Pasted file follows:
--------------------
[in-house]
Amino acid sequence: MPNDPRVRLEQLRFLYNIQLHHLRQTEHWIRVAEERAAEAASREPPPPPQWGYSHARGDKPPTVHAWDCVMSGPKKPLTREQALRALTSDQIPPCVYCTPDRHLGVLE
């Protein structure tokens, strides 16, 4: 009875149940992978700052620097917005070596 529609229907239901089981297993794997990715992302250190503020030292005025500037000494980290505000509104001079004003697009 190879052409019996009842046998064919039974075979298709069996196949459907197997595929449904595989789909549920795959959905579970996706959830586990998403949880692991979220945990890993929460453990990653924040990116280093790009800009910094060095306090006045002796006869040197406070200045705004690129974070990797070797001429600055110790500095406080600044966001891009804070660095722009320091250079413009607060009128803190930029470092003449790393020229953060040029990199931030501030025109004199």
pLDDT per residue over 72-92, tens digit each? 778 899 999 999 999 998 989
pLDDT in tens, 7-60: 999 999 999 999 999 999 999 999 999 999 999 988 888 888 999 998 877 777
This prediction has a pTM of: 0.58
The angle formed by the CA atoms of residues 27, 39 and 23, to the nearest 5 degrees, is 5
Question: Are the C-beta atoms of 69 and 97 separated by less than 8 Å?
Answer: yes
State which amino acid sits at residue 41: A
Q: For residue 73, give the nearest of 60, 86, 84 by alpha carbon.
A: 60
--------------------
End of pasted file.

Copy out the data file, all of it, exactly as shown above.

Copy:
[in-house]
Amino acid sequence: MPNDPRVRLEQLRFLYNIQLHHLRQTEHWIRVAEERAAEAASREPPPPPQWGYSHARGDKPPTVHAWDCVMSGPKKPLTREQALRALTSDQIPPCVYCTPDRHLGVLE
């Protein structure tokens, strides 16, 4: 009875149940992978700052620097917005070596 529609229907239901089981297993794997990715992302250190503020030292005025500037000494980290505000509104001079004003697009 190879052409019996009842046998064919039974075979298709069996196949459907197997595929449904595989789909549920795959959905579970996706959830586990998403949880692991979220945990890993929460453990990653924040990116280093790009800009910094060095306090006045002796006869040197406070200045705004690129974070990797070797001429600055110790500095406080600044966001891009804070660095722009320091250079413009607060009128803190930029470092003449790393020229953060040029990199931030501030025109004199």
pLDDT per residue over 72-92, tens digit each? 778 899 999 999 999 998 989
pLDDT in tens, 7-60: 999 999 999 999 999 999 999 999 999 999 999 988 888 888 999 998 877 777
This prediction has a pTM of: 0.58
The angle formed by the CA atoms of residues 27, 39 and 23, to the nearest 5 degrees, is 5
Question: Are the C-beta atoms of 69 and 97 separated by less than 8 Å?
Answer: yes
State which amino acid sits at residue 41: A
Q: For residue 73, give the nearest of 60, 86, 84 by alpha carbon.
A: 60